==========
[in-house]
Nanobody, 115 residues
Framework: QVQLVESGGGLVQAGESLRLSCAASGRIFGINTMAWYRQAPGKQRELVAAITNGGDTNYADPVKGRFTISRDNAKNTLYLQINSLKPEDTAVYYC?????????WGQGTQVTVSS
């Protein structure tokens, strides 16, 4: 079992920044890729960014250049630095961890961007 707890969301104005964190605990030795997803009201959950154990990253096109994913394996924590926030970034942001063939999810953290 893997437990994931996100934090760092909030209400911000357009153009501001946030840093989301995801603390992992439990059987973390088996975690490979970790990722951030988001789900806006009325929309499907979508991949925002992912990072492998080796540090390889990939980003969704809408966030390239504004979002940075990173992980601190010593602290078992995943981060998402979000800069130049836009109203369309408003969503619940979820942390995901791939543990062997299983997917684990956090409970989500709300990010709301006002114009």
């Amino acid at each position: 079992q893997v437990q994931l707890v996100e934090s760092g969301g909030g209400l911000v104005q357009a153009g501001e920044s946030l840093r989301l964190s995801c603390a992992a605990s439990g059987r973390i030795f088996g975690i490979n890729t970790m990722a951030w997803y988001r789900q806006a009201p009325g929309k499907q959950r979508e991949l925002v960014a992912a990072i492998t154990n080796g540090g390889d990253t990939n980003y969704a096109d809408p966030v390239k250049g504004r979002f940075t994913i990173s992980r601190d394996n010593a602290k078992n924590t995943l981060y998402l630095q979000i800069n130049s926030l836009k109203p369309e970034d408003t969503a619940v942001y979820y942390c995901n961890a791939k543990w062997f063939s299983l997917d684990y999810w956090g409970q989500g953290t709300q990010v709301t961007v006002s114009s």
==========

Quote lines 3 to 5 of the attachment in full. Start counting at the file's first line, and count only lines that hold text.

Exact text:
Framework: QVQLVESGGGLVQAGESLRLSCAASGRIFGINTMAWYRQAPGKQRELVAAITNGGDTNYADPVKGRFTISRDNAKNTLYLQINSLKPEDTAVYYC?????????WGQGTQVTVSS
């Protein structure tokens, strides 16, 4: 079992920044890729960014250049630095961890961007 707890969301104005964190605990030795997803009201959950154990990253096109994913394996924590926030970034942001063939999810953290 893997437990994931996100934090760092909030209400911000357009153009501001946030840093989301995801603390992992439990059987973390088996975690490979970790990722951030988001789900806006009325929309499907979508991949925002992912990072492998080796540090390889990939980003969704809408966030390239504004979002940075990173992980601190010593602290078992995943981060998402979000800069130049836009109203369309408003969503619940979820942390995901791939543990062997299983997917684990956090409970989500709300990010709301006002114009």
């Amino acid at each position: 079992q893997v437990q994931l707890v996100e934090s760092g969301g909030g209400l911000v104005q357009a153009g501001e920044s946030l840093r989301l964190s995801c603390a992992a605990s439990g059987r973390i030795f088996g975690i490979n890729t970790m990722a951030w997803y988001r789900q806006a009201p009325g929309k499907q959950r979508e991949l925002v960014a992912a990072i492998t154990n080796g540090g390889d990253t990939n980003y969704a096109d809408p966030v390239k250049g504004r979002f940075t994913i990173s992980r601190d394996n010593a602290k078992n924590t995943l981060y998402l630095q979000i800069n130049s926030l836009k109203p369309e970034d408003t969503a619940v942001y979820y942390c995901n961890a791939k543990w062997f063939s299983l997917d684990y999810w956090g409970q989500g953290t709300q990010v709301t961007v006002s114009s």